100 Gpbs Internet – 802.3ba   Leave a comment

Ars Technica reports that the Higher Speed Study Group has settled on a specification for 802.3ba and submitted it to IEEE for formal approval, which will support both 40Gbps and 100Gbps speeds. You can see the Project Authorization Request here.

The IEEE standards process is highly entertaining, since it represents the most colossal collision for agendas on the tangent point between the academic, business, and technical spheres. I wish the process could be a bit less entertaining and more focused, but the current iteration is preferable to the alternative. However, the projected 2010/11 ship date mentioned in the Ars article is getting close to too late.

In 2000, we were purchasing 6-10 GB hard drives. Now, you can get 1 TB desktop drives. Prior to 1990, people’s data files were mostly plain text. As the web became popular, pictures and audio files became more common; by 2000 I’d see a GB or so of photos and .mp3s on someone’s computer frequently. In the last five years, the trend has accelerated alarmingly – now people fill up their 80 GB iPods not just with photos and music, but television shows and movies. My own .mp3 collection, (ed note- ripped at 386 bit rate from my own 700+ CD collection, completely legally) fills up about 60 GB of data space and the home server has another 20 GB or so of photos. Digital cameras used to be VGA (.3 megapixels, or 640×480), now they’re WQUXGA (9.2 megapixels, or 3840×2400) or better. In 2003, my wife’s digital camera snapped photos that averaged out between 300 and 600 KB, now with the new N80 SLR camera, the raw photos are between 2 and 2.5 MB, and unlike the old digital cameras, you can snap a dozen pictures in seconds, trying to get the perfect shot. You may pick out one of those dozens to re-size for your personal web page, but you’re going to keep the others lying around.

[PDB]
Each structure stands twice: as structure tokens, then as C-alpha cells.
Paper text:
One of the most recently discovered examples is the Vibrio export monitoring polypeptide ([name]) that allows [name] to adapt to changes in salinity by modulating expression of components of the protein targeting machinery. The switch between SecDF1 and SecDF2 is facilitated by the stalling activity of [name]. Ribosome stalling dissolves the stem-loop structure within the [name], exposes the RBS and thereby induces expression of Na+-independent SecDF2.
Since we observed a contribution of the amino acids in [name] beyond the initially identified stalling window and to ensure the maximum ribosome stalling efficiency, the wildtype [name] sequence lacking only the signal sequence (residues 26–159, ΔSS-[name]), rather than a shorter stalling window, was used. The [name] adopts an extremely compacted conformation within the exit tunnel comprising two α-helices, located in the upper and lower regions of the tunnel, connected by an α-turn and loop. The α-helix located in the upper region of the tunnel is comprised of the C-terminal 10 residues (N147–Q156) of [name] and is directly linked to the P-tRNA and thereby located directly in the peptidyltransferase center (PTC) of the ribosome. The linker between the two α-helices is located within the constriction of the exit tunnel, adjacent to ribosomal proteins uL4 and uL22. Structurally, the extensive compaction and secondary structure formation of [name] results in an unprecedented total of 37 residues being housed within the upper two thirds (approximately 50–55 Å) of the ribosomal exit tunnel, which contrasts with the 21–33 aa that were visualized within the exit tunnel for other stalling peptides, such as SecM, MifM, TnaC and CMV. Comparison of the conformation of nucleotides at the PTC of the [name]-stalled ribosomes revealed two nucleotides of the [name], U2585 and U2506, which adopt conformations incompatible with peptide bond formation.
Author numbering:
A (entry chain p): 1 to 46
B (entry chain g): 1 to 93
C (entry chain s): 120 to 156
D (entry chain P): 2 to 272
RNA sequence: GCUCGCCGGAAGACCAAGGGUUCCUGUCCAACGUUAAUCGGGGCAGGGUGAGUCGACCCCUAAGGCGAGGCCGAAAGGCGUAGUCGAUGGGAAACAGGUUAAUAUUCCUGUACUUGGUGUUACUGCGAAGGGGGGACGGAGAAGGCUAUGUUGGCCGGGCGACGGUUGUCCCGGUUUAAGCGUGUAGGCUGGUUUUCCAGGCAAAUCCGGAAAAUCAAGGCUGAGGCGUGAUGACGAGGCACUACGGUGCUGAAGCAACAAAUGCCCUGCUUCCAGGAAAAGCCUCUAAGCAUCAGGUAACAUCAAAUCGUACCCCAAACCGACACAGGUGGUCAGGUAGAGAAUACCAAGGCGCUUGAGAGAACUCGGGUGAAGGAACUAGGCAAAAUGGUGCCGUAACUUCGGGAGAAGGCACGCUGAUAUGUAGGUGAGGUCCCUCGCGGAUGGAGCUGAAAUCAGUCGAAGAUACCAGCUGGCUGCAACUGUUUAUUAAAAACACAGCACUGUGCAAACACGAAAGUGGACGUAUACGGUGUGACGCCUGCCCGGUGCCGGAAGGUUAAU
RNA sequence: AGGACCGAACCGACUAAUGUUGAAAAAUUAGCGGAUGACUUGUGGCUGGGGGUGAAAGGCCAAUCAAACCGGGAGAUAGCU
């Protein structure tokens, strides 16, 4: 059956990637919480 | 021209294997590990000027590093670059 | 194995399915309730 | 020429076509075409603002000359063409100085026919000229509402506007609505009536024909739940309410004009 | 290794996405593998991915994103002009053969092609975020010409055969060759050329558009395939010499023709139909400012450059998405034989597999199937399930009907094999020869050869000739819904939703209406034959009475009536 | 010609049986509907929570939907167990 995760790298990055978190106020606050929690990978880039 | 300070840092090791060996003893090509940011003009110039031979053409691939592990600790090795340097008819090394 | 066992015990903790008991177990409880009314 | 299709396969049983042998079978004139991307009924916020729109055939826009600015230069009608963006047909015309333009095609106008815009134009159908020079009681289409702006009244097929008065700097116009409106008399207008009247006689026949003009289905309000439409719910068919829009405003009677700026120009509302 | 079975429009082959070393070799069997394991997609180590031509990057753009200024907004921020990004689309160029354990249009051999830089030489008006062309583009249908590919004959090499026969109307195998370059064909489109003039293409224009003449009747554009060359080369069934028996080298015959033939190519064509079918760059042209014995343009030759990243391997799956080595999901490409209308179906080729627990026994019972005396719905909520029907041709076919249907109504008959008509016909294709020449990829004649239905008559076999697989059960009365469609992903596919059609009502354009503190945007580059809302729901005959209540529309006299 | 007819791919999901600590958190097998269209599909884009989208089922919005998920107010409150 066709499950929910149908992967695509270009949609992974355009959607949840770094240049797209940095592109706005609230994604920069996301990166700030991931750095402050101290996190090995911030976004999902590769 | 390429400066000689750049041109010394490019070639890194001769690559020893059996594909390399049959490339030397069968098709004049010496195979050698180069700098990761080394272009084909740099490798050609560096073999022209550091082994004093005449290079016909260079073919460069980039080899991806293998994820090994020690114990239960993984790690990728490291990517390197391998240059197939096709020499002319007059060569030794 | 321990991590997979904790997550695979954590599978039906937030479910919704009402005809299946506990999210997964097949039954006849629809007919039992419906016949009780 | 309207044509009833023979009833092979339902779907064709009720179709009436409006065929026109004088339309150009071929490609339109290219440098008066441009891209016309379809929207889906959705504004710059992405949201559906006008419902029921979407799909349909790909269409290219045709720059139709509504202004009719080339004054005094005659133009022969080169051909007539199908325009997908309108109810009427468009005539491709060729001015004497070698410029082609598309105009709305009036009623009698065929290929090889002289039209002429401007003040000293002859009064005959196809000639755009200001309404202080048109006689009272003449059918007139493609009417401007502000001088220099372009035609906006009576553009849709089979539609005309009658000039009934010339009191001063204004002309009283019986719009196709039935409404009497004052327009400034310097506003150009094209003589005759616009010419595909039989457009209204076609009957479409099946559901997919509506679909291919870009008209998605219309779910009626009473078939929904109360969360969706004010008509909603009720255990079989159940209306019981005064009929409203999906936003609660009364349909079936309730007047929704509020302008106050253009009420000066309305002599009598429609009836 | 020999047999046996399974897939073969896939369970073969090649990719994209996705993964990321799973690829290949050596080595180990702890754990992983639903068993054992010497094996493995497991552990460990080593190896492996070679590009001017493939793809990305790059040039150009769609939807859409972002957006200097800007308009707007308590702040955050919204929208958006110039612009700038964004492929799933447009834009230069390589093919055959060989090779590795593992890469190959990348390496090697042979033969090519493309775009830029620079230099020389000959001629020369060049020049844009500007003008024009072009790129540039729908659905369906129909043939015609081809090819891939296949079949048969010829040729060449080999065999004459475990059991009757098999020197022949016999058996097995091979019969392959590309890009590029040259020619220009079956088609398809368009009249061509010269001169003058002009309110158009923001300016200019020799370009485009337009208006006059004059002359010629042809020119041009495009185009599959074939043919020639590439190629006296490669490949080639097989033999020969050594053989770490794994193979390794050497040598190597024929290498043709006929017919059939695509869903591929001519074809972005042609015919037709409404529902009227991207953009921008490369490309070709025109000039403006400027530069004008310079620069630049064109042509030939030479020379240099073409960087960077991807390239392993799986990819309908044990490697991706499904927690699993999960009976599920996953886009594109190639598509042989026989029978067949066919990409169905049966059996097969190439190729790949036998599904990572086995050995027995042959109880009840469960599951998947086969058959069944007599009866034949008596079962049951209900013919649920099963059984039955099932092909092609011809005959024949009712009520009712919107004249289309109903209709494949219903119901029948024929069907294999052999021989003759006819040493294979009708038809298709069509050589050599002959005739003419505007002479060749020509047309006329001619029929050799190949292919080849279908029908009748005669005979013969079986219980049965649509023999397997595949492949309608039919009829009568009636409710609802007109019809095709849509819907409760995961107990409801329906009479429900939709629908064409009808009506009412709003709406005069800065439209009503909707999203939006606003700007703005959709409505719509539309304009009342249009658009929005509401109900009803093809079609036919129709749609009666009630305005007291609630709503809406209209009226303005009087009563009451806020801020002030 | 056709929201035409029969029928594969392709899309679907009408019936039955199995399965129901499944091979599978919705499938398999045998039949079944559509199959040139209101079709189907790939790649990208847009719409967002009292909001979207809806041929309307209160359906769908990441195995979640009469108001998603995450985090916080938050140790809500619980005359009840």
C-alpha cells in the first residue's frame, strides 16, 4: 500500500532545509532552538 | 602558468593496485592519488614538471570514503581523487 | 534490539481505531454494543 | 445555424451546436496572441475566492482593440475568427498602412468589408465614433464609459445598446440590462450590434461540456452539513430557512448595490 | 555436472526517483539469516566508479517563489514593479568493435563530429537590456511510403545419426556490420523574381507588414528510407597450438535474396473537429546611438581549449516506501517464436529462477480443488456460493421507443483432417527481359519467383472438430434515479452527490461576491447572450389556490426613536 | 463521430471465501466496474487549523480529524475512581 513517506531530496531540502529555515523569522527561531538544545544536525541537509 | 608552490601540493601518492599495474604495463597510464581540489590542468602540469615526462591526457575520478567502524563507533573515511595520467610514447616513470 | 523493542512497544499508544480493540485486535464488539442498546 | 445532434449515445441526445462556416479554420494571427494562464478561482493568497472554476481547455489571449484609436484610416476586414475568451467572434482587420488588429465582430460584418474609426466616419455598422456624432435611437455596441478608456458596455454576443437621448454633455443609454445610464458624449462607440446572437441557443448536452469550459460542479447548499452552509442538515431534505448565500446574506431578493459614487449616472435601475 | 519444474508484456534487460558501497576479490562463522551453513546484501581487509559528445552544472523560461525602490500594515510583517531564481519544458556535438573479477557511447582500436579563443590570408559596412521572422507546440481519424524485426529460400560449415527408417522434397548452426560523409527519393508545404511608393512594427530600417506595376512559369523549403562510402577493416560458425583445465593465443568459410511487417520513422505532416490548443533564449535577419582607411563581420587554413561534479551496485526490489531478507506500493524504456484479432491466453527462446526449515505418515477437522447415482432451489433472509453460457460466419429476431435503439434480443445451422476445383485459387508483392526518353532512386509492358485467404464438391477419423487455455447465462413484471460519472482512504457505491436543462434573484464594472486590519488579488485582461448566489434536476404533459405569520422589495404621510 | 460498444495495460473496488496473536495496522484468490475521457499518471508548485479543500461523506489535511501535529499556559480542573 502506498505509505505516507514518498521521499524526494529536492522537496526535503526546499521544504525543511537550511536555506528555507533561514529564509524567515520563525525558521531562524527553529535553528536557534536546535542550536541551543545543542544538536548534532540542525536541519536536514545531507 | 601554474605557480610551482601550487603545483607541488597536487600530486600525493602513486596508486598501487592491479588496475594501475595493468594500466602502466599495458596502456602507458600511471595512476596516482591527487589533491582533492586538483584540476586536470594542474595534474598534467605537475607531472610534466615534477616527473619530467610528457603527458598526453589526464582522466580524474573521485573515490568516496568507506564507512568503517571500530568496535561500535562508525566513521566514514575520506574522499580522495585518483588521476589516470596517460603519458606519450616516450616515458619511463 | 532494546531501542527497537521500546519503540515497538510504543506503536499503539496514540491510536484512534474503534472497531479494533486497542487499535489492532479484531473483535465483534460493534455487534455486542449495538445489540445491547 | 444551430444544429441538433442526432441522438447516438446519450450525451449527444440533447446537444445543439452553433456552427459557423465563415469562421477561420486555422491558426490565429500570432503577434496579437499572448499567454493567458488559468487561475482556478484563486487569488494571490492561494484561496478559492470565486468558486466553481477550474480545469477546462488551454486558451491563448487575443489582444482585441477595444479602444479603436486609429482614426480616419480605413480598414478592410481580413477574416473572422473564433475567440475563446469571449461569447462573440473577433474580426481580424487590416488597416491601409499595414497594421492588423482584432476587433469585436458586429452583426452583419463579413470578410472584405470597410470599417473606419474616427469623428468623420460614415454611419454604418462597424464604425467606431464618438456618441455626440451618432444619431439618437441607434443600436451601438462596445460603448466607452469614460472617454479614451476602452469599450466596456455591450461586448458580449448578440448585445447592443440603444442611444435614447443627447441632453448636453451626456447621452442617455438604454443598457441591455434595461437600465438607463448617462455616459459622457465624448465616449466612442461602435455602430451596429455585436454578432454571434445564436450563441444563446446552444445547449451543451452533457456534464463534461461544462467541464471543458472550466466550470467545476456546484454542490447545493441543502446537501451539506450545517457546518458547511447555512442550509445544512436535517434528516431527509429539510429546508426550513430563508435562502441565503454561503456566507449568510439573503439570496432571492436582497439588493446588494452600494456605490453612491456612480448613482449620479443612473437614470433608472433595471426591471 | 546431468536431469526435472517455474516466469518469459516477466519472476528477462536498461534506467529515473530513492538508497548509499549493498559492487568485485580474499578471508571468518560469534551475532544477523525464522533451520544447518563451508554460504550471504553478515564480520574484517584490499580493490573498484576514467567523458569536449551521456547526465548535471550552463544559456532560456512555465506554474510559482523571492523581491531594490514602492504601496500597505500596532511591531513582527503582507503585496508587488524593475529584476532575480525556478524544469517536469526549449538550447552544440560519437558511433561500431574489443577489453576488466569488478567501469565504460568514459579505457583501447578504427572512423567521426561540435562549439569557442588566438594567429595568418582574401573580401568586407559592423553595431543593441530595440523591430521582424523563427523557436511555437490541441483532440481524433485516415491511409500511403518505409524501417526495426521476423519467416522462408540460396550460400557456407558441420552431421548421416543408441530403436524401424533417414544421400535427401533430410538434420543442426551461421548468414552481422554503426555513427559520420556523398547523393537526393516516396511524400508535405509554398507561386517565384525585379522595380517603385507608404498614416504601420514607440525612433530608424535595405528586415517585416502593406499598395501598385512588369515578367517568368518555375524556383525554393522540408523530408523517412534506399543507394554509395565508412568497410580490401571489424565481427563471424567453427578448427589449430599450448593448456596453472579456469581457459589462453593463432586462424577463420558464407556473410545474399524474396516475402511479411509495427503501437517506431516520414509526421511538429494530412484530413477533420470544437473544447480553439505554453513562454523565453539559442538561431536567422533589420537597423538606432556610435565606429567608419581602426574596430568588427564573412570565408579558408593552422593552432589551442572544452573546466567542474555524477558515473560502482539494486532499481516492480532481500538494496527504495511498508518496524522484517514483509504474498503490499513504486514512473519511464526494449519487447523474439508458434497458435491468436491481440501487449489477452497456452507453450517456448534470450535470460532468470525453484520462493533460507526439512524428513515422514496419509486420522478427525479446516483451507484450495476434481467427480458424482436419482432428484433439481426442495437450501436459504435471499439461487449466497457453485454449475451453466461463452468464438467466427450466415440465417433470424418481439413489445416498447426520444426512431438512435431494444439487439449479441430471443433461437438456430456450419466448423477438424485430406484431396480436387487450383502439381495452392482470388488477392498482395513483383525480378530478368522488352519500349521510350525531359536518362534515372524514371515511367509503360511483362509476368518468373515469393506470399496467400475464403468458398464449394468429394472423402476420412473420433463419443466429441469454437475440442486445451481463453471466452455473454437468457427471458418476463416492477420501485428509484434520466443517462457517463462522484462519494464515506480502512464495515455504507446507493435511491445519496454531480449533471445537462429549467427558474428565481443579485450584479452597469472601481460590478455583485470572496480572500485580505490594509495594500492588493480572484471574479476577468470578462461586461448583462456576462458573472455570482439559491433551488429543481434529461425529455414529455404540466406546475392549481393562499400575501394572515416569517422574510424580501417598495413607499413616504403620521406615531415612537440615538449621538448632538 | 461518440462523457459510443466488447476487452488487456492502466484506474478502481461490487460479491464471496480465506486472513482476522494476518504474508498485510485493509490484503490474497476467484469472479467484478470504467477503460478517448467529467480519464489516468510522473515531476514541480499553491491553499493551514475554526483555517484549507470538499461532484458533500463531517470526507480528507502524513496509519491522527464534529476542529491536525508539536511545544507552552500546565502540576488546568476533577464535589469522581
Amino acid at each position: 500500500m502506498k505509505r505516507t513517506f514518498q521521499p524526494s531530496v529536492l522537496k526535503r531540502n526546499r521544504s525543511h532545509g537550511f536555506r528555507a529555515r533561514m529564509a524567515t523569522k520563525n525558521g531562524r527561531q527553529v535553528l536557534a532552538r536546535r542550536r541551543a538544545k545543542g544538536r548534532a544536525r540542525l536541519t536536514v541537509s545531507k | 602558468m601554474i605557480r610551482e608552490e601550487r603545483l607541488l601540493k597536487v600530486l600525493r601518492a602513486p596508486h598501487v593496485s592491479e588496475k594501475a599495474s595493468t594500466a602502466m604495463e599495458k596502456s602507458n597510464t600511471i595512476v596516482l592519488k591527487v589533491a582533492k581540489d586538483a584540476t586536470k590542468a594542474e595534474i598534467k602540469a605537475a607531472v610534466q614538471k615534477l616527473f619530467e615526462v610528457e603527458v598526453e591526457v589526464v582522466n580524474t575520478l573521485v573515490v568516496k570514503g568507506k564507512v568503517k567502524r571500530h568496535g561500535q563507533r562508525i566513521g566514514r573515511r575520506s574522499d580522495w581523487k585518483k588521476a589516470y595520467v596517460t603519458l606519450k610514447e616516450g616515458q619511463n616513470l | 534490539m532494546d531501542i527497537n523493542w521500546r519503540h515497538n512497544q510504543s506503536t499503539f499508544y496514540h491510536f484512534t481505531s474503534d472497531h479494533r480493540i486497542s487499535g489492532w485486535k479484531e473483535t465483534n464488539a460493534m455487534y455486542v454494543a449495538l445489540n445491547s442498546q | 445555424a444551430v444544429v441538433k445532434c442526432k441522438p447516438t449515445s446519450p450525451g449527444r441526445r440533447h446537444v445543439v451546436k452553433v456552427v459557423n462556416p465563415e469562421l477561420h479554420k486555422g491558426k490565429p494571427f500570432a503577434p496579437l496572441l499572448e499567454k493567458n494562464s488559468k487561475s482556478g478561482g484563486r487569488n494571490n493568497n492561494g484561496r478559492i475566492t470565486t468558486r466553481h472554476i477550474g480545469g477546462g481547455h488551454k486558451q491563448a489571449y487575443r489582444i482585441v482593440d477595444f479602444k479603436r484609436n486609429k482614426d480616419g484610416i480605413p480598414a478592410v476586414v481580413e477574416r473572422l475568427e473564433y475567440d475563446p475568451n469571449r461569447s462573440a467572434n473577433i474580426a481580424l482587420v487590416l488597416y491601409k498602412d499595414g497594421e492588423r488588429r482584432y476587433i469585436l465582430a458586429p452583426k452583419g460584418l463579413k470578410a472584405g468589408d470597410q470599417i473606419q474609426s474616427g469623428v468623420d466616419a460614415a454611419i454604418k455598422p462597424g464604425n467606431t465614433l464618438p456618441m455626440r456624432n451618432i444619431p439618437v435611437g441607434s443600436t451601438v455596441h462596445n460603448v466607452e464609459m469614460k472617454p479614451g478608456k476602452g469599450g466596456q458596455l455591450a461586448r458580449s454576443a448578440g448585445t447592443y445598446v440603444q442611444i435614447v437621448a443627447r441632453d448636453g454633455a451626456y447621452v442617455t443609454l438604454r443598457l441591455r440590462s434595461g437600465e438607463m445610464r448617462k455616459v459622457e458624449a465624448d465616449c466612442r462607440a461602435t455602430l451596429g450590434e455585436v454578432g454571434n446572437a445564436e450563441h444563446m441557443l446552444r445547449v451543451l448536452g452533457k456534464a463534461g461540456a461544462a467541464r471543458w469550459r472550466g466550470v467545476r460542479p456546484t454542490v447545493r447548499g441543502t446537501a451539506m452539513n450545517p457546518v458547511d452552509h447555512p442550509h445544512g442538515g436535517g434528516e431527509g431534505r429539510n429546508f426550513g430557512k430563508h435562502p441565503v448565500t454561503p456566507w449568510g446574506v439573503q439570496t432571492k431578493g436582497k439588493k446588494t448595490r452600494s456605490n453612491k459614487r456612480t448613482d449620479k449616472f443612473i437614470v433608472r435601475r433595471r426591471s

In fact, the limitations now in what people store aren’t on the technical side, they’re on the legal side. It’s difficult to easily encode NTSC television shows without using proprietary equipment (yes, I know people that do it, but it’s not point-click-store-move-share). HDTV is going to be more difficult, simply because broadcasters are ornery when it comes to protecting what they believe to be their rights over their intellectual property. Ripping your own DVDs to another video format also can be done, but again, it’s a pain. Blu-Ray and HD-DVD movies are huge, but media companies are going to make it difficult/annoying to get those movies off of those discs.

People are still going to do it, though… and if nothing else, the standard home digital video camera is going to be producing HD recordings as HD camcorders become more popular. People aren’t going to shell out enough money for a sweet HDTV plasma/LCD setup at home to watch HDTV over cable or DirecTV and be happy with the quality of the current digital video recorders, especially now that you can get HD camcorders that do 1080i for under $1,000.

Digressions aside, what was a perfectly “normal” expected amount of digital data for people to store up in 1993 fit on a few 1.44 MB floppies. In 2003, it was a few gigabytes. In 2007, we’re into the hundreds of gigabytes. At this rate, by 2010, multi-terabyte home data stores are going to be not uncommon.

And if there is one thing that is known to be true, it’s that people want to share their data with other people. If someone wants to share home HD movies with grandma, right now it takes forever over ADSL. Broadband connectivity in the US is wretched, compared to the rest of the plugged-in world, which is still astonishing to me. 100 Mbps should be common by now. It takes more than a day to download the Mandriva 2007.1 DVD .iso off of bittorrent, why is our intra-continental network still so dang slow? (ed note – I actually know why it’s so slow, I’m just griping).


Posted July 25, 2007 by padraic2112 in networking, news, tech

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